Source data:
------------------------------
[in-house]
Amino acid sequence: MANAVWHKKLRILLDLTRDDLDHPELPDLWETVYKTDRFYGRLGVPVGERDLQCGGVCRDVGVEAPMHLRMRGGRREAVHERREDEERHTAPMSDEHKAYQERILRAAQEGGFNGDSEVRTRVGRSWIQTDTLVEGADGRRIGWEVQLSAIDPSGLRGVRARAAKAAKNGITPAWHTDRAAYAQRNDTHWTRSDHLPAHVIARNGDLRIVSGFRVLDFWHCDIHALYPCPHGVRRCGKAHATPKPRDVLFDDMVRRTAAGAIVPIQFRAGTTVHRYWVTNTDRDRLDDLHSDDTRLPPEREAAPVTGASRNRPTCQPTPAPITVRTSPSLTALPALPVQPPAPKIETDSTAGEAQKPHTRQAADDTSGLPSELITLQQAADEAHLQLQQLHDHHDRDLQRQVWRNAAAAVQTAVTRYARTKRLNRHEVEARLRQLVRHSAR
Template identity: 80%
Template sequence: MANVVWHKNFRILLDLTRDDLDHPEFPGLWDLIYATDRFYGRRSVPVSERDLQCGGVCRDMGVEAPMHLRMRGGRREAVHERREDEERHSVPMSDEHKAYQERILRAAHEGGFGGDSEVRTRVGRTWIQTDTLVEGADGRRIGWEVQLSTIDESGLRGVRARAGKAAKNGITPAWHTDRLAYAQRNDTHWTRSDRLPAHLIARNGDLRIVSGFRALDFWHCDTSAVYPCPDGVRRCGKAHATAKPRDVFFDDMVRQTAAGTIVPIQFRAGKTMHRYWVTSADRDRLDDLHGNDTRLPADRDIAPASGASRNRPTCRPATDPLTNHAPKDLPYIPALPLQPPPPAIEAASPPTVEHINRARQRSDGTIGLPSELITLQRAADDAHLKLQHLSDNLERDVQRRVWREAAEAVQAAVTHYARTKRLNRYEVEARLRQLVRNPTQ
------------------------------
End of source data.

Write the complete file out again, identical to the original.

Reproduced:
[in-house]
Amino acid sequence: MANAVWHKKLRILLDLTRDDLDHPELPDLWETVYKTDRFYGRLGVPVGERDLQCGGVCRDVGVEAPMHLRMRGGRREAVHERREDEERHTAPMSDEHKAYQERILRAAQEGGFNGDSEVRTRVGRSWIQTDTLVEGADGRRIGWEVQLSAIDPSGLRGVRARAAKAAKNGITPAWHTDRAAYAQRNDTHWTRSDHLPAHVIARNGDLRIVSGFRVLDFWHCDIHALYPCPHGVRRCGKAHATPKPRDVLFDDMVRRTAAGAIVPIQFRAGTTVHRYWVTNTDRDRLDDLHSDDTRLPPEREAAPVTGASRNRPTCQPTPAPITVRTSPSLTALPALPVQPPAPKIETDSTAGEAQKPHTRQAADDTSGLPSELITLQQAADEAHLQLQQLHDHHDRDLQRQVWRNAAAAVQTAVTRYARTKRLNRHEVEARLRQLVRHSAR
Template identity: 80%
Template sequence: MANVVWHKNFRILLDLTRDDLDHPEFPGLWDLIYATDRFYGRRSVPVSERDLQCGGVCRDMGVEAPMHLRMRGGRREAVHERREDEERHSVPMSDEHKAYQERILRAAHEGGFGGDSEVRTRVGRTWIQTDTLVEGADGRRIGWEVQLSTIDESGLRGVRARAGKAAKNGITPAWHTDRLAYAQRNDTHWTRSDRLPAHLIARNGDLRIVSGFRALDFWHCDTSAVYPCPDGVRRCGKAHATAKPRDVFFDDMVRQTAAGTIVPIQFRAGKTMHRYWVTSADRDRLDDLHGNDTRLPADRDIAPASGASRNRPTCRPATDPLTNHAPKDLPYIPALPLQPPPPAIEAASPPTVEHINRARQRSDGTIGLPSELITLQRAADDAHLKLQHLSDNLERDVQRRVWREAAEAVQAAVTHYARTKRLNRYEVEARLRQLVRNPTQ